International Journal of Energy Research, Vol.37, No.14, 1811-1820, 2013
Study of an incrementally loaded multistage flash desalination system for optimum use of sensible waste heat from nuclear power plant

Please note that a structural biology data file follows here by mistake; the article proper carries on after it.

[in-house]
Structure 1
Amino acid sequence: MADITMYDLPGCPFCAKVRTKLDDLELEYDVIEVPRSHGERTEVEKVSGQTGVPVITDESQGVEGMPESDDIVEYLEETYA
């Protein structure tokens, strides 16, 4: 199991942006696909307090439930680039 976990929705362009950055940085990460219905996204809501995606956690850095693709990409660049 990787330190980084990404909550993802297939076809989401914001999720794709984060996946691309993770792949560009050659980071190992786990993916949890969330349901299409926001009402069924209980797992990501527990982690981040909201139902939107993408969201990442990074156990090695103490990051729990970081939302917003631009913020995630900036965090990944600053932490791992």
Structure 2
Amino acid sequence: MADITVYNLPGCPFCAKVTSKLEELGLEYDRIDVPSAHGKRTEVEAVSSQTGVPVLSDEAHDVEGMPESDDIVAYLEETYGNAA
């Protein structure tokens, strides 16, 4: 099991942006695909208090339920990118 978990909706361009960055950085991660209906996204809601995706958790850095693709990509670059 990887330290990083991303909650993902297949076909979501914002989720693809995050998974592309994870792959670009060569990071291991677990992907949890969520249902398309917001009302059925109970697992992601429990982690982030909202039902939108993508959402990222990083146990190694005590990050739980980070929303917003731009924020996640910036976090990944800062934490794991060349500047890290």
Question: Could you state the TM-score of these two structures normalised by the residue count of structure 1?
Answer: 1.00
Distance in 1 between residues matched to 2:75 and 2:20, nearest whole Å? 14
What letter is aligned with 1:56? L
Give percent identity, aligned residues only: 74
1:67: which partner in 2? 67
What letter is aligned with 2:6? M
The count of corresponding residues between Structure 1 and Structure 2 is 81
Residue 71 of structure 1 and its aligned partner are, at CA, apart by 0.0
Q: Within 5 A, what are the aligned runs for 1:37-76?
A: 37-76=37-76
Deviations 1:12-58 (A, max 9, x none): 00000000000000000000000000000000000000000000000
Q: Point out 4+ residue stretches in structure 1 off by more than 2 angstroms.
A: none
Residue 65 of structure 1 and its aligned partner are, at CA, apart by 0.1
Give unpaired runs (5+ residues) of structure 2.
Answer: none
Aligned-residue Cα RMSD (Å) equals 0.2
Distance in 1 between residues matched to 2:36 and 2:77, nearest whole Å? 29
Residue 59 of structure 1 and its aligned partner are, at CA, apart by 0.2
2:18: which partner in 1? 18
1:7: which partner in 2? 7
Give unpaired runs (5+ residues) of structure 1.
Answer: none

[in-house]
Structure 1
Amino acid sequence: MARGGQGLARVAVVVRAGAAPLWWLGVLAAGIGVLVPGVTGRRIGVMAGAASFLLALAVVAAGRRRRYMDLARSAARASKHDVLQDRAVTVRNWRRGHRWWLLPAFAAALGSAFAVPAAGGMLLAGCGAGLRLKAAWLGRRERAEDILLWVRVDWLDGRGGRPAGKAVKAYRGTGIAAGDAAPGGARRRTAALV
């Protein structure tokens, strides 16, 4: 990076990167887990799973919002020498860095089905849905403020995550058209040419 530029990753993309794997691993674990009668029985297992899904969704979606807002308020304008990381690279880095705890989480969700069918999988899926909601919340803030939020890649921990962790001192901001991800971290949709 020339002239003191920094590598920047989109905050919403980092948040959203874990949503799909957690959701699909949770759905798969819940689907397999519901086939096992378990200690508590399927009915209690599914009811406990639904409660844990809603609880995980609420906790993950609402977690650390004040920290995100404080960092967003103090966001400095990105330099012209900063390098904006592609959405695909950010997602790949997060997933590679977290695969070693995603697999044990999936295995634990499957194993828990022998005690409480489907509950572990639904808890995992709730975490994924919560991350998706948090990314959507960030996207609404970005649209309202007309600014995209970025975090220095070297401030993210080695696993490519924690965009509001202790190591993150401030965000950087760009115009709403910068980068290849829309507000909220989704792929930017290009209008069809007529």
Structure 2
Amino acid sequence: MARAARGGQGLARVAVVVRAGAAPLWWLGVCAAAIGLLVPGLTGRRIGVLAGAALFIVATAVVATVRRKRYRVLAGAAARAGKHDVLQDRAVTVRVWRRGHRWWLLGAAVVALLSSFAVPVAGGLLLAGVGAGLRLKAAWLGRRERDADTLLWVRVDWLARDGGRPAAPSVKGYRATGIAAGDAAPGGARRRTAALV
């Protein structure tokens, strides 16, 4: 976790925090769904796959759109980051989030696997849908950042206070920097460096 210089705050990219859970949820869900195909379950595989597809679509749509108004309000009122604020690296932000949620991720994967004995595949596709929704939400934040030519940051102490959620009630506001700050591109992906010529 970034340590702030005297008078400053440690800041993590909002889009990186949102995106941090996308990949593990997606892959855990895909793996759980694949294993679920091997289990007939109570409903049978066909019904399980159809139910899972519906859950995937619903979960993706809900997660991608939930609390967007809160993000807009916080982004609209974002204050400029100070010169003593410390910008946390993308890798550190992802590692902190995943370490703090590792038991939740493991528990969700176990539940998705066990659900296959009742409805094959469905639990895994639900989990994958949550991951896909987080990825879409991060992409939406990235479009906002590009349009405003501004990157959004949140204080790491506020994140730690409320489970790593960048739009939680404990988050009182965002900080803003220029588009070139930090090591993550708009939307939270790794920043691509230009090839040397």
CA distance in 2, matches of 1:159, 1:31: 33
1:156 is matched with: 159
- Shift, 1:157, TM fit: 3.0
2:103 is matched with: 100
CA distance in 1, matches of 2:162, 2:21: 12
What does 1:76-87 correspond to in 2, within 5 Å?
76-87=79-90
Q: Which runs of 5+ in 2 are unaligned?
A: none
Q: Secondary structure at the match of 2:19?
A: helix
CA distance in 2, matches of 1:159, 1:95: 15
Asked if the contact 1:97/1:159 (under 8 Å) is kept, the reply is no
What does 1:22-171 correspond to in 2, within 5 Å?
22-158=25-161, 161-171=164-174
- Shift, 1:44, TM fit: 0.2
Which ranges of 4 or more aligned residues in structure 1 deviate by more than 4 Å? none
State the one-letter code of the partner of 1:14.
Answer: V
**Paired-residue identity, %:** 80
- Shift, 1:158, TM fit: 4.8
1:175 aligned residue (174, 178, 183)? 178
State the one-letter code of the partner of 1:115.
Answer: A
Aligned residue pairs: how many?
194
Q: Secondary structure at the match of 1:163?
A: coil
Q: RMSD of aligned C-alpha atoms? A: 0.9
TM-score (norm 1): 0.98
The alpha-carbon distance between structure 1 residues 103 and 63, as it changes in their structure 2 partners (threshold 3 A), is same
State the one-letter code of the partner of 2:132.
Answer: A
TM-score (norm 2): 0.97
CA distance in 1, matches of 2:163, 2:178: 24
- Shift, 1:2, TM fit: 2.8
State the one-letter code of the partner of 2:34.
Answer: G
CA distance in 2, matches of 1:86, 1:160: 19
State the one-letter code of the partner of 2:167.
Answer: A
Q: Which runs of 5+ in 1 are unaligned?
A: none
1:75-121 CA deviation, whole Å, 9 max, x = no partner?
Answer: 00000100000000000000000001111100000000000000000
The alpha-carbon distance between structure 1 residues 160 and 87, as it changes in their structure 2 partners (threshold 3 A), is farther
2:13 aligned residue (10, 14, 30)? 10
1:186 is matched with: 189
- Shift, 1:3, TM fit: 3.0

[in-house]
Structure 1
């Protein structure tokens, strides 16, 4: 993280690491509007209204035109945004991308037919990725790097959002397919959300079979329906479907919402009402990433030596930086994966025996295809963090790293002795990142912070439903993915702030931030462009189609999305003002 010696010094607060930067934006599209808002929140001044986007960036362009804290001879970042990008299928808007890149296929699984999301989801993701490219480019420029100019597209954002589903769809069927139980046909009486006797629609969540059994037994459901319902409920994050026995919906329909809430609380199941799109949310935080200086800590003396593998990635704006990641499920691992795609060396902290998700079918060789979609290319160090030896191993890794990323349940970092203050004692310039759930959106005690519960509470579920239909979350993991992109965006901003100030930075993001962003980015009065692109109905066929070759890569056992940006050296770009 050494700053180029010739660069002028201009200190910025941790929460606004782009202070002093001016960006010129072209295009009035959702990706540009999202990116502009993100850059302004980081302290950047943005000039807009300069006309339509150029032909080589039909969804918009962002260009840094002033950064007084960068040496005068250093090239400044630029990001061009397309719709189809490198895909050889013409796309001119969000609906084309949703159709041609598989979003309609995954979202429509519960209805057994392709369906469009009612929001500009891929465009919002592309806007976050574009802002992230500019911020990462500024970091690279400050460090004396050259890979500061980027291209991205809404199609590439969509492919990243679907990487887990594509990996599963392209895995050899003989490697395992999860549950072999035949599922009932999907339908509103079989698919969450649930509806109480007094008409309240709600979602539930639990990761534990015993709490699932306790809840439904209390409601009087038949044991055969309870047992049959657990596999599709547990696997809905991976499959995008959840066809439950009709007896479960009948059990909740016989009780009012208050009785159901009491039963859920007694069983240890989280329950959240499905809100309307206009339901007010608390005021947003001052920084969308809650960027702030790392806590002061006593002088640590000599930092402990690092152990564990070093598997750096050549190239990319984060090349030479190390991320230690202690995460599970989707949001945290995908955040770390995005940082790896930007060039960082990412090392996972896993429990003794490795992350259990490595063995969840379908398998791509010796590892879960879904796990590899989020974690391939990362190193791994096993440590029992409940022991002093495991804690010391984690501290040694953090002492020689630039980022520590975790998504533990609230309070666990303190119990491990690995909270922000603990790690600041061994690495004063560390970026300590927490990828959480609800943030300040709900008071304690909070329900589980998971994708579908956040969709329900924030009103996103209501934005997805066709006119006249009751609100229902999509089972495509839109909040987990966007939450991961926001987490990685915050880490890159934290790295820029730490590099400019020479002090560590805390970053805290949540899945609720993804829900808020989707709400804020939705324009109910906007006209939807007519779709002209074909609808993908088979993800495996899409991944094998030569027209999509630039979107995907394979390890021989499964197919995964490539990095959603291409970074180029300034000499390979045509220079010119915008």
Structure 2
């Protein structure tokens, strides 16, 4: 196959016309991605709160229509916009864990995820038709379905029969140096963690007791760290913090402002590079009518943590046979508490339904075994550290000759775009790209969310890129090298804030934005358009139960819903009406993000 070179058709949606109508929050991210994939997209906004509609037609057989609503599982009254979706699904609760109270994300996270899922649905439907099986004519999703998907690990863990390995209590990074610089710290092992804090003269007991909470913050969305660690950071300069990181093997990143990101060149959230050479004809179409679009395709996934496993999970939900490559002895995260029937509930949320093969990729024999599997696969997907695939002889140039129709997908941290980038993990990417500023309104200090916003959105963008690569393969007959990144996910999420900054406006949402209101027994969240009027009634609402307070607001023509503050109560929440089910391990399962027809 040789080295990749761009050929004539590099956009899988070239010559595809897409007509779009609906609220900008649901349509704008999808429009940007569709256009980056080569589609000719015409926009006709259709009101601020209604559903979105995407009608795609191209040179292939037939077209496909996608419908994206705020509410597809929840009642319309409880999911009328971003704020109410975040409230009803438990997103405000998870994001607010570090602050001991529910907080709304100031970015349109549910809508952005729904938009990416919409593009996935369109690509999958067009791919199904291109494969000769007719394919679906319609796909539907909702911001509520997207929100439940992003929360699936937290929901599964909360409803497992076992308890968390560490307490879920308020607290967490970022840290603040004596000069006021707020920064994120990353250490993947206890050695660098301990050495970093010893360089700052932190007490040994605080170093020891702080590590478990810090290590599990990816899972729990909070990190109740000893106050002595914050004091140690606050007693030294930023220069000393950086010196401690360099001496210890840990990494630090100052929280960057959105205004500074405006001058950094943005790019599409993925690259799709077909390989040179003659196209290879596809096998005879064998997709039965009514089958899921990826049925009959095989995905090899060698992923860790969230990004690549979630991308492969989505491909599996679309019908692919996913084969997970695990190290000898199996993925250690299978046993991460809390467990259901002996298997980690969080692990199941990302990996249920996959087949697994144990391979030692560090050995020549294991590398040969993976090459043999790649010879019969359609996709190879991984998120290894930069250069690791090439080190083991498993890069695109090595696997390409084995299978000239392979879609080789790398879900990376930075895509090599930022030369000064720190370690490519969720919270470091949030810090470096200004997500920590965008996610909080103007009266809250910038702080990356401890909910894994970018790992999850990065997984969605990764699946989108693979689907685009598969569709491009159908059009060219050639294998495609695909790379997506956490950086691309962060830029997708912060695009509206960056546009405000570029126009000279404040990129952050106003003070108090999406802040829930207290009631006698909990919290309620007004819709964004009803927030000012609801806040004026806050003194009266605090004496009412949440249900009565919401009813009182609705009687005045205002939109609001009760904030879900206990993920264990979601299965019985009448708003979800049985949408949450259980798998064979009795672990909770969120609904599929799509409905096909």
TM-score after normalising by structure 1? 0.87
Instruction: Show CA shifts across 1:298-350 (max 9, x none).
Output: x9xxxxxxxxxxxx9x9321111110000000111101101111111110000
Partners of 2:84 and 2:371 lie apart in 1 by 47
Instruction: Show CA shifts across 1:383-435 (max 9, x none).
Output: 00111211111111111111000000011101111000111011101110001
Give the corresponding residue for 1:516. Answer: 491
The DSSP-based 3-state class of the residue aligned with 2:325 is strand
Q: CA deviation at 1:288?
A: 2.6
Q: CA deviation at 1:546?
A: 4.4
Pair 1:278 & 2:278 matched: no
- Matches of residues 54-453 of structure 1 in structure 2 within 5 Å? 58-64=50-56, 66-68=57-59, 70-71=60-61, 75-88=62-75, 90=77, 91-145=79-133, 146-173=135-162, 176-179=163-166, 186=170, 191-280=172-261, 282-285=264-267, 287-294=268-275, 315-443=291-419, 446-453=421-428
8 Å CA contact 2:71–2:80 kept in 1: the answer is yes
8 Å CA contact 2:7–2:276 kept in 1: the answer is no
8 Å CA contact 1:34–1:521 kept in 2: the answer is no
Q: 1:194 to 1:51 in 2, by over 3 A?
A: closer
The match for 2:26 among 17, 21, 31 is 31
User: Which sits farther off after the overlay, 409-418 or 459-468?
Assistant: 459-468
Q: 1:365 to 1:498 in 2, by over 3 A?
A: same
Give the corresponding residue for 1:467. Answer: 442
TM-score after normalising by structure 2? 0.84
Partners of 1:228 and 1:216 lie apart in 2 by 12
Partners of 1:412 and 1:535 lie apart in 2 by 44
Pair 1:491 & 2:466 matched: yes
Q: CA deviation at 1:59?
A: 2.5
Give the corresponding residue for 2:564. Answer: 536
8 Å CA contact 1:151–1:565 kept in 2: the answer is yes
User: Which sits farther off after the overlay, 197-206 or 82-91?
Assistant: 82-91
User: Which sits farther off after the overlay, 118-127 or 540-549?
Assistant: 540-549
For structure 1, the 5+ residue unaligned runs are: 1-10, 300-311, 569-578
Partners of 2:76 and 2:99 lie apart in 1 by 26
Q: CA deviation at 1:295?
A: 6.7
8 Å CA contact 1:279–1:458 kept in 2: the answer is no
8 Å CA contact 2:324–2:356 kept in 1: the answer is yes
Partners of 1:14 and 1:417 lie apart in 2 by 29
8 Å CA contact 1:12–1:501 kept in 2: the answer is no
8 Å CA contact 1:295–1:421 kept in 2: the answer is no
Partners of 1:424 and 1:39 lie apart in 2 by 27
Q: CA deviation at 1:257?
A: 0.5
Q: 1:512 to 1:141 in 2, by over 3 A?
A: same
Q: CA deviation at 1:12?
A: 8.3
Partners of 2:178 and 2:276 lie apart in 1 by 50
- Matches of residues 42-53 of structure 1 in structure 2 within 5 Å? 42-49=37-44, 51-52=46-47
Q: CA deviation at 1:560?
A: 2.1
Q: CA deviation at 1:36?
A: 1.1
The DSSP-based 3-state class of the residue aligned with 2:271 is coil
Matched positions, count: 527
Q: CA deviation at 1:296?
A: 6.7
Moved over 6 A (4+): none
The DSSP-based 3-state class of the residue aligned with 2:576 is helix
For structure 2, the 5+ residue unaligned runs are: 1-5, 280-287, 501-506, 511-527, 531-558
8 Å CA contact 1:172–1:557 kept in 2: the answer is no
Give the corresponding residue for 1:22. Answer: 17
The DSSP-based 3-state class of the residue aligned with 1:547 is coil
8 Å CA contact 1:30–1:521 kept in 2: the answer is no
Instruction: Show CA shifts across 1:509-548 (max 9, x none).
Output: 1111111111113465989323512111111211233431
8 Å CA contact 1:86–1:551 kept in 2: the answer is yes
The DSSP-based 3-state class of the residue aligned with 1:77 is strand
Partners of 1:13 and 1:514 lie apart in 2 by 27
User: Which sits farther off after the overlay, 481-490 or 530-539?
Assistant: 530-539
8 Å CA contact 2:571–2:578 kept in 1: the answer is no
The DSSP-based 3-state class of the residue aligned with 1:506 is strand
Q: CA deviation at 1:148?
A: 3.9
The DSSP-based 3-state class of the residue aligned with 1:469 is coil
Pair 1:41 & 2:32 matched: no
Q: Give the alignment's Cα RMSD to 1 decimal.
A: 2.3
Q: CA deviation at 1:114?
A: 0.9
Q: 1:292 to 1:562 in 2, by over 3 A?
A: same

Existing practice of nuclear desalination cogeneration incurs loss of nuclear plant power generation because it competes for live steam with nuclear plant steam turbine. Such loss is completely avoided with the nuclear desalination plant design proposed in the present study. The plant called GTHTR300 is based on a high-temperature gas reactor rated at 600 MWt. Gas turbine is used to replace steam turbine as power generator. The gas turbine converts about a half of the reactor's thermal power to electricity while rejecting the balance as sensible waste heat to be utilized in a multistage flash (MSF) plant for seawater desalination. A new MSF process scheme is proposed and optimized to efficiently match the sensible waste heat source. The new scheme increments the thermal load of the multistage heat recovery section in a number of steps as opposed to keeping it constant in the traditional MSF process. As the number of steps increases, more waste heat is utilized, and top brine temperature for peak water production is increased. Both tend to increase water yield. Operating with a similar number of stages, the new process is shown to produce 45% more water than the traditional process operating over the same temperature range. As a result, the GTHTR300 yields 56,000m(3)/d water and generates 280 MWe power at constant efficiency with and without water cogeneration. Copyright (c) 2012 John Wiley & Sons, Ltd.